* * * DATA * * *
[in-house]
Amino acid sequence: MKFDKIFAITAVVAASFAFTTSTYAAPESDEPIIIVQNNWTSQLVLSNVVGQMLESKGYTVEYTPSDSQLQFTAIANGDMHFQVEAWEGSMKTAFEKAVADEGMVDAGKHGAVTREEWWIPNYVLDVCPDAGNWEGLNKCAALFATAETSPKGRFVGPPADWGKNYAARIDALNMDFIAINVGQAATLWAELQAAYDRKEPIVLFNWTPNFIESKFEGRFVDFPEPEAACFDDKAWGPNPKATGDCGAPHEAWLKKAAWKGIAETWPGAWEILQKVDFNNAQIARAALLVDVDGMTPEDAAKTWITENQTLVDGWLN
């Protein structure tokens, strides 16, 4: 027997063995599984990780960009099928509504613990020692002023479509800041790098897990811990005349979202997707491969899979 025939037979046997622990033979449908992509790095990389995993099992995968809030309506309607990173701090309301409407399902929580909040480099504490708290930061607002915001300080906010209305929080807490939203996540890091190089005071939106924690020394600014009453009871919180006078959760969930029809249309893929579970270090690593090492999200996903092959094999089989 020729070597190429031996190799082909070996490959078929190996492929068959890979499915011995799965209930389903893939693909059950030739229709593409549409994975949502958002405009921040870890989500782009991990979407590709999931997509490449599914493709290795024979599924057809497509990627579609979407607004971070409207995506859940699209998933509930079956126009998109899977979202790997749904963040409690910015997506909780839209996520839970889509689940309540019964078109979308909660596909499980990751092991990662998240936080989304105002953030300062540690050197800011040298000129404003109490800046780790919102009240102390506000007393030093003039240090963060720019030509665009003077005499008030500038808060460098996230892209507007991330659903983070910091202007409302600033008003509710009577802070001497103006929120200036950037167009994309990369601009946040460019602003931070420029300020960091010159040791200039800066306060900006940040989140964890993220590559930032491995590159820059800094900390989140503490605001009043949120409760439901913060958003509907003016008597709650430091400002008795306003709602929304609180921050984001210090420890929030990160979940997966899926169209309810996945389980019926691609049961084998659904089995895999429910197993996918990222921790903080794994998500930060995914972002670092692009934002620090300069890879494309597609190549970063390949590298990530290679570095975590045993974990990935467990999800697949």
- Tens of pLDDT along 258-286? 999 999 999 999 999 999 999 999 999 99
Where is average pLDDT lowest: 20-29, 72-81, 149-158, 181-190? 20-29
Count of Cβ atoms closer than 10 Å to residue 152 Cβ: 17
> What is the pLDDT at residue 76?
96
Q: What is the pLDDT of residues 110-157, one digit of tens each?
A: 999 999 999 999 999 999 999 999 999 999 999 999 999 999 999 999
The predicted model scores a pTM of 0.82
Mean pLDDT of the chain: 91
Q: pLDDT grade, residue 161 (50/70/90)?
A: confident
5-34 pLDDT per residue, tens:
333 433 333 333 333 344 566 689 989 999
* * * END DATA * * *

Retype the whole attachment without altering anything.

[in-house]
Amino acid sequence: MKFDKIFAITAVVAASFAFTTSTYAAPESDEPIIIVQNNWTSQLVLSNVVGQMLESKGYTVEYTPSDSQLQFTAIANGDMHFQVEAWEGSMKTAFEKAVADEGMVDAGKHGAVTREEWWIPNYVLDVCPDAGNWEGLNKCAALFATAETSPKGRFVGPPADWGKNYAARIDALNMDFIAINVGQAATLWAELQAAYDRKEPIVLFNWTPNFIESKFEGRFVDFPEPEAACFDDKAWGPNPKATGDCGAPHEAWLKKAAWKGIAETWPGAWEILQKVDFNNAQIARAALLVDVDGMTPEDAAKTWITENQTLVDGWLN
């Protein structure tokens, strides 16, 4: 027997063995599984990780960009099928509504613990020692002023479509800041790098897990811990005349979202997707491969899979 025939037979046997622990033979449908992509790095990389995993099992995968809030309506309607990173701090309301409407399902929580909040480099504490708290930061607002915001300080906010209305929080807490939203996540890091190089005071939106924690020394600014009453009871919180006078959760969930029809249309893929579970270090690593090492999200996903092959094999089989 020729070597190429031996190799082909070996490959078929190996492929068959890979499915011995799965209930389903893939693909059950030739229709593409549409994975949502958002405009921040870890989500782009991990979407590709999931997509490449599914493709290795024979599924057809497509990627579609979407607004971070409207995506859940699209998933509930079956126009998109899977979202790997749904963040409690910015997506909780839209996520839970889509689940309540019964078109979308909660596909499980990751092991990662998240936080989304105002953030300062540690050197800011040298000129404003109490800046780790919102009240102390506000007393030093003039240090963060720019030509665009003077005499008030500038808060460098996230892209507007991330659903983070910091202007409302600033008003509710009577802070001497103006929120200036950037167009994309990369601009946040460019602003931070420029300020960091010159040791200039800066306060900006940040989140964890993220590559930032491995590159820059800094900390989140503490605001009043949120409760439901913060958003509907003016008597709650430091400002008795306003709602929304609180921050984001210090420890929030990160979940997966899926169209309810996945389980019926691609049961084998659904089995895999429910197993996918990222921790903080794994998500930060995914972002670092692009934002620090300069890879494309597609190549970063390949590298990530290679570095975590045993974990990935467990999800697949």
- Tens of pLDDT along 258-286? 999 999 999 999 999 999 999 999 999 99
Where is average pLDDT lowest: 20-29, 72-81, 149-158, 181-190? 20-29
Count of Cβ atoms closer than 10 Å to residue 152 Cβ: 17
> What is the pLDDT at residue 76?
96
Q: What is the pLDDT of residues 110-157, one digit of tens each?
A: 999 999 999 999 999 999 999 999 999 999 999 999 999 999 999 999
The predicted model scores a pTM of 0.82
Mean pLDDT of the chain: 91
Q: pLDDT grade, residue 161 (50/70/90)?
A: confident
5-34 pLDDT per residue, tens:
333 433 333 333 333 344 566 689 989 999